can i define a new method at runtime?

Reinhold Birkenfeld reinhold-birkenfeld-nospam at wolke7.net
Fri Jun 18 23:30:22 CEST 2004


Raoul wrote:

> If my control myTextBox has a change() event for on change and I want
> to make it verify the input is an integer I could do...
> 
> def myTextBox.change():
>    verifyInteger(myTextBox.Value)
> 
> def verifyInteger(x):
>    try:
>       string.atoi(x.value)
>    except ValueError :
>       message(x," needs to be an integer")
>       x.setFocus()
> 
> but i have literally hundreds of these things to do....
> 
> I'd like to be able to say somethign like
> 
> myTextBox.change = lambda x : verifyInteger(x)
> 
> so when i initialize my form i'd like to run through a list that looks
> like
> 
> [["controlName1","verifyInteger"],["controlName2,"verifyFloat"],["controlName3
> "verifyInteger"]

I'm not a guru, so expect this solution to be bloated ;)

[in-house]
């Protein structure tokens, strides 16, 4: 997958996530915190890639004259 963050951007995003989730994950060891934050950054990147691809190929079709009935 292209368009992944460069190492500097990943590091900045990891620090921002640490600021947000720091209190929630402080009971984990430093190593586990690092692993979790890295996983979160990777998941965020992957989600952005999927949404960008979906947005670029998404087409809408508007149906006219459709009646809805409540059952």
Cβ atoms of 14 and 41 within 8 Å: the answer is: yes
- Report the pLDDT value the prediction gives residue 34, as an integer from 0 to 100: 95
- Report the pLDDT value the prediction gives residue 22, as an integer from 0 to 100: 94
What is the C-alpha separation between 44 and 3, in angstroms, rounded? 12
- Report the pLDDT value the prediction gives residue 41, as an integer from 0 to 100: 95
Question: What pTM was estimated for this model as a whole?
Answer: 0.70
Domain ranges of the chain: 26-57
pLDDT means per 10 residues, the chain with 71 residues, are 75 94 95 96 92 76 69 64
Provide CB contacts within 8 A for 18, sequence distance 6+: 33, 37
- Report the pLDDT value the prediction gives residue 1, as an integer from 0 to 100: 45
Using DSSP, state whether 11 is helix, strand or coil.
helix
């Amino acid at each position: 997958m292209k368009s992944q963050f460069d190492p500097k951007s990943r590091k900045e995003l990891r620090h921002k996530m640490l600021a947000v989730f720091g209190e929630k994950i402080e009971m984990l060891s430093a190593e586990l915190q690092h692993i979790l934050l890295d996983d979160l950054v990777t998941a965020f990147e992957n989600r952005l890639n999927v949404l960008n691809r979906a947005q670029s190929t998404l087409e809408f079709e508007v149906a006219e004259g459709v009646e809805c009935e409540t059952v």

For example, (ab)use a class to build a unit with all the verify-functions:

class Verify(object):
	def verify_integer(x): [...]
	def verify_float(x):   [...]

# Then, iterate over the list:

for pair in list: # list being your example above
	control = getattr(__main__, pair[0])
	control.changed = eval("lambda self: Verify." + pair[1] + "(self.Value)")
# for this line there MUST be a solution without eval but I don't see it
at the moment

BTW, you should use tuples if the information about the handling
functions is static.

regards, Reinhold

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mitbrächte, wäre das bedauerlich.  Was bei Windows der Umfang eines
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